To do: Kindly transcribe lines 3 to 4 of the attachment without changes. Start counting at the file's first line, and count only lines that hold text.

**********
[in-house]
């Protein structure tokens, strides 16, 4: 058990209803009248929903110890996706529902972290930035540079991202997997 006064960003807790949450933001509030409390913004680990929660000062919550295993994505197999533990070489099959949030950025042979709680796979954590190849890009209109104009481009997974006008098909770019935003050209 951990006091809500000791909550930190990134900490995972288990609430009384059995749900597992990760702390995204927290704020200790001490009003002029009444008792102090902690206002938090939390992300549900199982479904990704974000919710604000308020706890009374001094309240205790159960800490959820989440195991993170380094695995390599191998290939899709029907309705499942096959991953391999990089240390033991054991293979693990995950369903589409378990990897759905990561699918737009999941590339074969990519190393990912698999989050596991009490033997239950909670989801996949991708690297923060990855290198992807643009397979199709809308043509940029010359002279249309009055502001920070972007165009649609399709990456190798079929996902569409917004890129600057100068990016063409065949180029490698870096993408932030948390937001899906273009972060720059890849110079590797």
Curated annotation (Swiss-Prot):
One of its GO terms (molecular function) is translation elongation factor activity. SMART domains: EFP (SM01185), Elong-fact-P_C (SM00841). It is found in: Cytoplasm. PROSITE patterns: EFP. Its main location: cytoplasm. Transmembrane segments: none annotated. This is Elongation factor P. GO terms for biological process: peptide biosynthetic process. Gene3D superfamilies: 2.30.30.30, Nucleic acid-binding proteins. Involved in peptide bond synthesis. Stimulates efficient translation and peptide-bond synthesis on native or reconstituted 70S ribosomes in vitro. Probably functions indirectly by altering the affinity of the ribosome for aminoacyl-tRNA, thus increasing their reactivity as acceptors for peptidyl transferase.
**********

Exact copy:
Curated annotation (Swiss-Prot):
One of its GO terms (molecular function) is translation elongation factor activity. SMART domains: EFP (SM01185), Elong-fact-P_C (SM00841). It is found in: Cytoplasm. PROSITE patterns: EFP. Its main location: cytoplasm. Transmembrane segments: none annotated. This is Elongation factor P. GO terms for biological process: peptide biosynthetic process. Gene3D superfamilies: 2.30.30.30, Nucleic acid-binding proteins. Involved in peptide bond synthesis. Stimulates efficient translation and peptide-bond synthesis on native or reconstituted 70S ribosomes in vitro. Probably functions indirectly by altering the affinity of the ribosome for aminoacyl-tRNA, thus increasing their reactivity as acceptors for peptidyl transferase.